Putting AI at the top of the shopping list
As organisations strive to survive the challenges of the past year, their immediate response may be predictable: to retrench, cut costs, protect their limited resources, sit tight and lick their wounds. The last thing that most companies would want to do would be to invest. It’s counterintuitive – but the research always says that investment is likely to help you bounce back and succeed.
So where should businesses invest? In the things that deliver the most business value of course. For most organisations Artificial Intelligence (AI) wouldn’t immediately spring to mind. But it really should be… or at least some more clearly defined cousins.
What exactly is AI?
To be clear, there are four commonly used terms, that often get used interchangeably (and maybe incorrectly) when people consider AI.
AI – This is the ability of a computer to undertake tasks usually associated with human activity. As with human activity it’s a broad church, but there are three areas of AI.
- Artificial narrow intelligence – these tasks are really simple and repetitive.
- Artificial general intelligence – these are tasks that are more complex and require some ‘thought’
- Artificial super-intelligence – these are complex tasks, beyond the normal. They can be regarded as more in the realms of science fiction.
Machine Learning refers to the systems that can use data to identify patterns and learn from them. All those marketing guys are into this stuff with their targeting and next best activity work.
RPA – Robotic Process Automation is the use of software bots to automate highly repetitive and routine tasks. These are tasks normally performed by knowledge workers
If you think about adding an ability to learn and enhance, based on patterns, to a bot that is undertaking repetitive processes you to get something called…
HyperAutomation which engages RPA, Machine learning and even AI technologies. I’ve seen it described as an ecosystem of technologies to create a different way of working. Automated automation if you like.
Understanding what all these terms are doesn’t mean you should invest in them. In a difficult environment your investments are even more critical than normal and they truly have to deliver business value quickly. If business value is the net benefit any project brings to a business, then your investments need to be considered more broadly than just cost savings or return on investment. And this is where AI (or actually its close relatives defined above) starts to step out from the pack. Let’s call it automation.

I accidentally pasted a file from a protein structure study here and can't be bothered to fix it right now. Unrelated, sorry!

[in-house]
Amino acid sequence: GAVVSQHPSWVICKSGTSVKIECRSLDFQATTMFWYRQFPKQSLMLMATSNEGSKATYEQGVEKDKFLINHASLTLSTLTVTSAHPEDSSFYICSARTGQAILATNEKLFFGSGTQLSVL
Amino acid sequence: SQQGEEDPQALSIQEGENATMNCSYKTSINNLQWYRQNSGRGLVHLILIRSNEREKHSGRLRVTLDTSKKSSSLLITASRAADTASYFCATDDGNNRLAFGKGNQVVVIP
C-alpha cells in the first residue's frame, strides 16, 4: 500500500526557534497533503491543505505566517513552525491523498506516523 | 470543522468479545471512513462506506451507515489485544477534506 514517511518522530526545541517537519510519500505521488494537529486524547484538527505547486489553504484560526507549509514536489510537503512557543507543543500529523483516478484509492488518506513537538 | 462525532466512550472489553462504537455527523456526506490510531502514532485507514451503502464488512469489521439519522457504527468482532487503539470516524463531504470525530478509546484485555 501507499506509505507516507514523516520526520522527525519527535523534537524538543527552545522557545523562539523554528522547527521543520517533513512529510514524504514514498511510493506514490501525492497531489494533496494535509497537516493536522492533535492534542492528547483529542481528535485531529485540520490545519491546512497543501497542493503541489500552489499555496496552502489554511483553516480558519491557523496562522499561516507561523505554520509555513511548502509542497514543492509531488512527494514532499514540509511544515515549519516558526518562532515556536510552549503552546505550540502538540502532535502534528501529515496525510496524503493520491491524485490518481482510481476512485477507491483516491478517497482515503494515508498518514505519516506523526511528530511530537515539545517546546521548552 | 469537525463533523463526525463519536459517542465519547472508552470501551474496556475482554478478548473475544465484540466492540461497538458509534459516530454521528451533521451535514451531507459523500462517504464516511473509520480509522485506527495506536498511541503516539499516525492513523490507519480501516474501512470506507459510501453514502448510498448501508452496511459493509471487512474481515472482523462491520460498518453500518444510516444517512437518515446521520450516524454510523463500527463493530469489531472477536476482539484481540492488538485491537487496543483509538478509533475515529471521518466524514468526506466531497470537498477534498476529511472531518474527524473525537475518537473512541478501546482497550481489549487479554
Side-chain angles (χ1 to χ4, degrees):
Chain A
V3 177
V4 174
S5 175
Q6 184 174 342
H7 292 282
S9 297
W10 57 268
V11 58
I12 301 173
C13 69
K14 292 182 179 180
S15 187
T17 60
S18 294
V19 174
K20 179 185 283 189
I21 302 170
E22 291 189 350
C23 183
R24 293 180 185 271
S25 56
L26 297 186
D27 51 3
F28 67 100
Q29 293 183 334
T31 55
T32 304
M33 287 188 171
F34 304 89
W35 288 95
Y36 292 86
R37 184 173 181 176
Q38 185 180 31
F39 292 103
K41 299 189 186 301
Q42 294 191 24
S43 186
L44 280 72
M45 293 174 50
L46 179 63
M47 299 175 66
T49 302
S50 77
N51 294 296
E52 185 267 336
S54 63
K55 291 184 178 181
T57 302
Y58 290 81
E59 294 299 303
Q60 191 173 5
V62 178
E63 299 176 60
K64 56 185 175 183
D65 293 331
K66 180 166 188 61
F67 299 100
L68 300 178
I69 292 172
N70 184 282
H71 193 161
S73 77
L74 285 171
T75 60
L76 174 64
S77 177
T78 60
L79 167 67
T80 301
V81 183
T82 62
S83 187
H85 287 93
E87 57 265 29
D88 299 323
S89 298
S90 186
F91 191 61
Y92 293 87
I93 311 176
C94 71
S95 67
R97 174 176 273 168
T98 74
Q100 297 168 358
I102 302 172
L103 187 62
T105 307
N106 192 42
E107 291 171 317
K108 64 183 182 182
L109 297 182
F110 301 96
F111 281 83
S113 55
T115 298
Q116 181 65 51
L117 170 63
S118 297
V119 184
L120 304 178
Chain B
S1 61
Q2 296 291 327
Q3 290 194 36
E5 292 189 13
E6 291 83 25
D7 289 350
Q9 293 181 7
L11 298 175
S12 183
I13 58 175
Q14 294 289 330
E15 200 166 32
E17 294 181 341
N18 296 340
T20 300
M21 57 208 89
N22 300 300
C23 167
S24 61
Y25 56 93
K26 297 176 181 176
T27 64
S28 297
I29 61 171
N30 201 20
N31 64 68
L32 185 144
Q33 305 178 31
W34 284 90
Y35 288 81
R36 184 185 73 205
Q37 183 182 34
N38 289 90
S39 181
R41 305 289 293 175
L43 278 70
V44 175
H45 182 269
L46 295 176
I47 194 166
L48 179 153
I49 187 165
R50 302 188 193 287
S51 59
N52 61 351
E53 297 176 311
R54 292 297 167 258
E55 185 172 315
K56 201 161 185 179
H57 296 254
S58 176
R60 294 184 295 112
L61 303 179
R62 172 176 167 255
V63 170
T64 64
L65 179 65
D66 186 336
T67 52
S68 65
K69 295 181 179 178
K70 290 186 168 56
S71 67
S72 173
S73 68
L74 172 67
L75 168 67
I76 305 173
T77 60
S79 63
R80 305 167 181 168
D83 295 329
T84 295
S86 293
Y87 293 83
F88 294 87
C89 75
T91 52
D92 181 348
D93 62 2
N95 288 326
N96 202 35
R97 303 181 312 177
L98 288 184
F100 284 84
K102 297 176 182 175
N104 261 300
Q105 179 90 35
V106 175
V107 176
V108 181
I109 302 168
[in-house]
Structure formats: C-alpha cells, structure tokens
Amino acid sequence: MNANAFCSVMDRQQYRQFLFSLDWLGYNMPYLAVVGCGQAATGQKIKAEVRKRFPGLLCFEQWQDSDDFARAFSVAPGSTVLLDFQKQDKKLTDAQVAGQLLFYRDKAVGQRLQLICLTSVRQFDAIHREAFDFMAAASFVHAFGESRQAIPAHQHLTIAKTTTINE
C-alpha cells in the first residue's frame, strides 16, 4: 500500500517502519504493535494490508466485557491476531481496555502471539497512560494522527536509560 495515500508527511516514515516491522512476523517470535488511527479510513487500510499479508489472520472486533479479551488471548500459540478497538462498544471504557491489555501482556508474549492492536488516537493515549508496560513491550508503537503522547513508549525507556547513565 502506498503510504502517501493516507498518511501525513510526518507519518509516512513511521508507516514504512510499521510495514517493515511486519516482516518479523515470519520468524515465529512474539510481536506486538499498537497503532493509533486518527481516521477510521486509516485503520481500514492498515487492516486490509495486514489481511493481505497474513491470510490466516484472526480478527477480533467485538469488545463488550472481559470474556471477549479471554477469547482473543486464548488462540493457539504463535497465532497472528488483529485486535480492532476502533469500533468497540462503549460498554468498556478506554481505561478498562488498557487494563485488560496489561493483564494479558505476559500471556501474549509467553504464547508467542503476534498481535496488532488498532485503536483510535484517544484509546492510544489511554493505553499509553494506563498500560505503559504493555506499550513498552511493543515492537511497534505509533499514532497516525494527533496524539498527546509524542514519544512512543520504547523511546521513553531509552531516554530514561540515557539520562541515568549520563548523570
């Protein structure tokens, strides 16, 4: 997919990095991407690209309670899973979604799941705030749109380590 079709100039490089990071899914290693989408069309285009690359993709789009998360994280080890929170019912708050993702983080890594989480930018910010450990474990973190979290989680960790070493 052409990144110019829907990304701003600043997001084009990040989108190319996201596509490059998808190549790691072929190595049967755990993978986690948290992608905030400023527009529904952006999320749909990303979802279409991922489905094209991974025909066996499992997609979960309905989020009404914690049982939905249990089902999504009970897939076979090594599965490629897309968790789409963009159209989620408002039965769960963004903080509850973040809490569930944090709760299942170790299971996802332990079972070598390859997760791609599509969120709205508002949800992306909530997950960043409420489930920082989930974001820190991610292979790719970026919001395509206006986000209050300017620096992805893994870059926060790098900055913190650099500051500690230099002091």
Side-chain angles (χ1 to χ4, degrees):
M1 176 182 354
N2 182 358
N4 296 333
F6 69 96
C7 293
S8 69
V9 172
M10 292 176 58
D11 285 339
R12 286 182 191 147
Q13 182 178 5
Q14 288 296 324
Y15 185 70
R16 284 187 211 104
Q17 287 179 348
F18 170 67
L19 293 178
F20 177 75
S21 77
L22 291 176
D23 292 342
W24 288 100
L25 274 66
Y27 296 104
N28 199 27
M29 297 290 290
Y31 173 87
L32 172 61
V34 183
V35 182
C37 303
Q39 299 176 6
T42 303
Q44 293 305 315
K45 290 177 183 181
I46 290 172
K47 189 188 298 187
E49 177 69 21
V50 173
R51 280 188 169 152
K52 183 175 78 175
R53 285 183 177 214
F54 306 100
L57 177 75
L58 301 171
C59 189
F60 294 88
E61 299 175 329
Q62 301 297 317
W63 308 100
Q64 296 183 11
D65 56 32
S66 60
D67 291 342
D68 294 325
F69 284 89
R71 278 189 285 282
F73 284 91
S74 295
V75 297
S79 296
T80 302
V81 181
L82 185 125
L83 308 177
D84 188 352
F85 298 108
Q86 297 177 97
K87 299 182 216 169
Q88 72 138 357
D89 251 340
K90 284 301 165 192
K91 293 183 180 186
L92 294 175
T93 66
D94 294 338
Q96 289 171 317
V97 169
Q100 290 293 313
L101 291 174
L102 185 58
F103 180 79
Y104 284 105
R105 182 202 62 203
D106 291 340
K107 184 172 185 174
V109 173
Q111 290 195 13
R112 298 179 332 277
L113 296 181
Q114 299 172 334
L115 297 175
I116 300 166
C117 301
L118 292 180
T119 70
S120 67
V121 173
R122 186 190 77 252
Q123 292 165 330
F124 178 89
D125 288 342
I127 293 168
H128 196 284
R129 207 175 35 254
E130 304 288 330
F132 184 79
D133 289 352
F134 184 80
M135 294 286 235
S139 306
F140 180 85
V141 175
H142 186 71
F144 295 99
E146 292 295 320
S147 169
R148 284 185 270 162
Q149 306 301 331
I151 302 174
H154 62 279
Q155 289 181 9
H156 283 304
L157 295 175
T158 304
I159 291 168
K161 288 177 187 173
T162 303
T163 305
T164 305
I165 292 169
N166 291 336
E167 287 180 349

AI is becoming a business imperative!
Think about it like this. If you could take to each member of your over-stretched team and automate their mundane and repetitive tasks a few things happen.
Of course, they will work more quickly and they will contribute to cost savings. Many organisations will take the benefit of a good return on investment and go no further with process change.
However, that is only half the story. Machine learning and AI will improve these processes and make them more consistent across the business.
BUT the biggest value of all is what can happen to your team. Experience shows that once they are freed from the mundane, they will start to look at ways to improve what they do. This may well include further automation. On a bigger scale, it can lead to solving the major problems of your business and utilising the automation tools as part of their extended team
Automation is a game-changer because it has such quick pay back, often in weeks. As a result, it can be an operational expenditure project rather than an item of capital expenditure. This avoids the traditionally arduous barriers to change that come from a Capex investment.
Automation is a powerful catalyst for change and delivering business value – even during a pandemic.
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